Anyone see it?

Would love to do an auteur's corner on Kiyoshi Kurosawa some day. Guy's astounding.

Pulse freaks me right out.

Alex Jackson said...

Interesting to me, though, is Nancy Drew - which is so clearly one of the worst films of the year but could also, with a little argument, be one of the best. Blue-blooders sniffling at the "American Narrative" film would do well to look at this one which, if I'm not mistaken, is so Dada it's almost Avant Garde.

Anyone see it?


I did! Very strange, very bad film. I have absolutely nothing else to add.

Ian Pugh said...

Norbit of course; for being noxious in every possible way but mostly for a scene where the fat-suited Murphy derides the scary-skinny Thandie Newton for her skinniness. That's awful, man - where's the source of the humor there, really?

For me? Oscar night.

He came back at us with a vengeance with Shrek the Third, though. Hands-down one of the most horrible, fucked-up-in-a-bad-way endings of all time--remember, kids, feel good about yourself or we'll kill you.

Dave G said...

I’m struck by the line in the Dargis review of “There Will Be Blood” which rightly suggests that the majority of major American film directors seem to have little room for women in their films; an observation echoed in many of the most celebrated American films this year: There Will Be Blood, No Country For Old Men, The Darjeeling Limited, Zodiac, Into the Wild, Assassination of Jesse James, Eastern Promises, Superbad American Gangster, Gone Baby Gone;, 2007 seems to be an especially macho year at the American Cinema. Not much sport to be had in bemoaning the dearth of mainstream female directors. I can’t reconcile the disparity between reality and the membership of the most celebrated practitioners of our most influential art form; but it seems that 2007 (or any year this decade) has nothing on any year in the 1970 partly because of this chronic disinterest in featuring women in key roles. I do not think that this trend is explained completely by the fact of gender; many of the great American directors from the 1970’s were not exactly your Rod McKuen types —and still managed to make many great films about men and women. Fathers and sons, randy teens, tortured young men and the bonds of brotherhood is all well and good—it’s a mighty deep well, just hoping that our more proactive muses will expand a little to reflect upon the other half of the human race a little more regularly.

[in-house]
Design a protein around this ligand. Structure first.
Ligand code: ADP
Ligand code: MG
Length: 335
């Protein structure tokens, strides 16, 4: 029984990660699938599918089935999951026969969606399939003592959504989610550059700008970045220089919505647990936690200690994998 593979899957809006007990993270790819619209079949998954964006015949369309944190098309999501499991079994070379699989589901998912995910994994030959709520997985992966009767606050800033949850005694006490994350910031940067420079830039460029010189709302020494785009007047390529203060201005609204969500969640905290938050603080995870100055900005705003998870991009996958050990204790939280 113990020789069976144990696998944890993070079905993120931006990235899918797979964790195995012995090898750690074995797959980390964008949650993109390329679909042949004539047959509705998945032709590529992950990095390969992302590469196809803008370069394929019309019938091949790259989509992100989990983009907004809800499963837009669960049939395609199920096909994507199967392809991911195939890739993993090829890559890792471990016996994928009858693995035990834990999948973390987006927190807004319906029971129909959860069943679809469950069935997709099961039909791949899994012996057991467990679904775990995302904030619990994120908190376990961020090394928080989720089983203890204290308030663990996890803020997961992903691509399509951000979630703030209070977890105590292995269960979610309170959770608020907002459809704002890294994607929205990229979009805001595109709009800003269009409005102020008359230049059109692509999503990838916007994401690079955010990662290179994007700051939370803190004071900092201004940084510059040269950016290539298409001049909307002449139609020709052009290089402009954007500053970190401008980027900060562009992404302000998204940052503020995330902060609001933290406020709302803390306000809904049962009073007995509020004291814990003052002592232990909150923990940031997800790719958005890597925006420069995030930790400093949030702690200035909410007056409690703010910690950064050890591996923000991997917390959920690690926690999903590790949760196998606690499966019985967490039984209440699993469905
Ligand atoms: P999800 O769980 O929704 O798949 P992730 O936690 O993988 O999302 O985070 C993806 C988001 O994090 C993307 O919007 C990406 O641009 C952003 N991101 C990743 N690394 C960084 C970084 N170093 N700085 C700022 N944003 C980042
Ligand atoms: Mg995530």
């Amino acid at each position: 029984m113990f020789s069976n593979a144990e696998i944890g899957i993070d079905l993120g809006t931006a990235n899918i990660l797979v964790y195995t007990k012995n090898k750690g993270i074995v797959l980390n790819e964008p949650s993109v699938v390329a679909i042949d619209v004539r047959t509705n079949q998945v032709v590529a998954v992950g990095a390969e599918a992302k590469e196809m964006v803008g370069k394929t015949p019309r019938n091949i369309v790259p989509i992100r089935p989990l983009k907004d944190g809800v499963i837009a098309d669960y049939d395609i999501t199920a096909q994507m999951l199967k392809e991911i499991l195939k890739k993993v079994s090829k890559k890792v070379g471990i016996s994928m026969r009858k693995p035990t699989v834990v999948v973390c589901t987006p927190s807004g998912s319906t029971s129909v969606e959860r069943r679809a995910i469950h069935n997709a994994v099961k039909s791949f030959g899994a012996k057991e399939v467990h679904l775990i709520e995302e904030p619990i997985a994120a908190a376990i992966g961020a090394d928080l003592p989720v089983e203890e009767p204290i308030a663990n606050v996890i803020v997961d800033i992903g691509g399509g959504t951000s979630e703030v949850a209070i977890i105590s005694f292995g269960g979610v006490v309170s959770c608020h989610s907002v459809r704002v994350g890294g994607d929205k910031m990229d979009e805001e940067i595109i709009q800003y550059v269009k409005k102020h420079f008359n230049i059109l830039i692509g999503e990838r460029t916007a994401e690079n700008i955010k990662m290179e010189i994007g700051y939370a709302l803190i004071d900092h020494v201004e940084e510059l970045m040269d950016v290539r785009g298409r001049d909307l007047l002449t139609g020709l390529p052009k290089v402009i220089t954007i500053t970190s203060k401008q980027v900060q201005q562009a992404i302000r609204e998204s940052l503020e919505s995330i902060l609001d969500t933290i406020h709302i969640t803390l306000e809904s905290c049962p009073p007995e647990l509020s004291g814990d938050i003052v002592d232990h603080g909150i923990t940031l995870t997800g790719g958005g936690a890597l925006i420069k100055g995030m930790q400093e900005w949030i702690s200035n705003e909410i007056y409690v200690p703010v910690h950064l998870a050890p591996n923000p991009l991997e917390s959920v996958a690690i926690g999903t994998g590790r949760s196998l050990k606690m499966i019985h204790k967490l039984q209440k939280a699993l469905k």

Revisiting top tens sounds like a fun exercise a fun, gloriously dangerous, foolhardy exercise—bring it on. The Horse Whisperer? In the Bedroom? Life is Beautiful? Let’s discuss…

Seattle Jeff said...

When you have small kids, and you're not Walter, it's hard to see very many movies in a year. I've seen about 3-4 this year. Tonight I'm going to see There Will Be Blood and it will cost me about over $50 for a sitter than another $$18 for ducats...which is why the year end top 10 lists bum me out...I just can't participate. Everyone else is up to speed and I'm just finally ready to discuss Eastwood's WWII pics.

On the flip side however, I haven't seen Transformers or Shrek 3...

theoldboy said...

Silent Hill fascinates me for some inexplicable reason that I suspect doesn't really even have anything to deal with my admiration for the game. I don't think there's ever been such a sticky, shitty, wonderful abortion.

rachel said...

Dave G:

One might argue about the room left for women in Gone Baby Gone in Eastern Promises. Amy Ryan’s mother is fairly indelible in the former; the latter, at the very least, affords Watts a clean dramatic arc. But “Eastern Promises” is as much about its fallen women as it is about anything else. And it’s keenly interested in its roots as a fairy tale. It’s not what I think of as a “macho” movie, in other words, and I think it’s a mistake to list it as an example of our “macho year.”

I’d argue that it’s actually been a pretty productive year for female directors. Some notable, woman-helmed projects from 2007, just off the top of my head: Talk to Me, Blame it On Fidel, Away from Her, 2 Days in Paris, Waitress, Across the Universe, Stephanie Daley, The Nanny Diaries, Broken English, The Savages, Avenue Montaigne, The Namesake, Persepolis. (You can add Juno on there if you think it’s sufficiently Cody’s movie.)

It’s good to be frustrated, it’s even better to champion what you like, what you want to see more of. (Me, I think Blame it On Fidel’s pretty much a masterpiece, and 2 Days in Paris is also brilliant. I haven’t seen most of the other movies listed. I’m working on it.)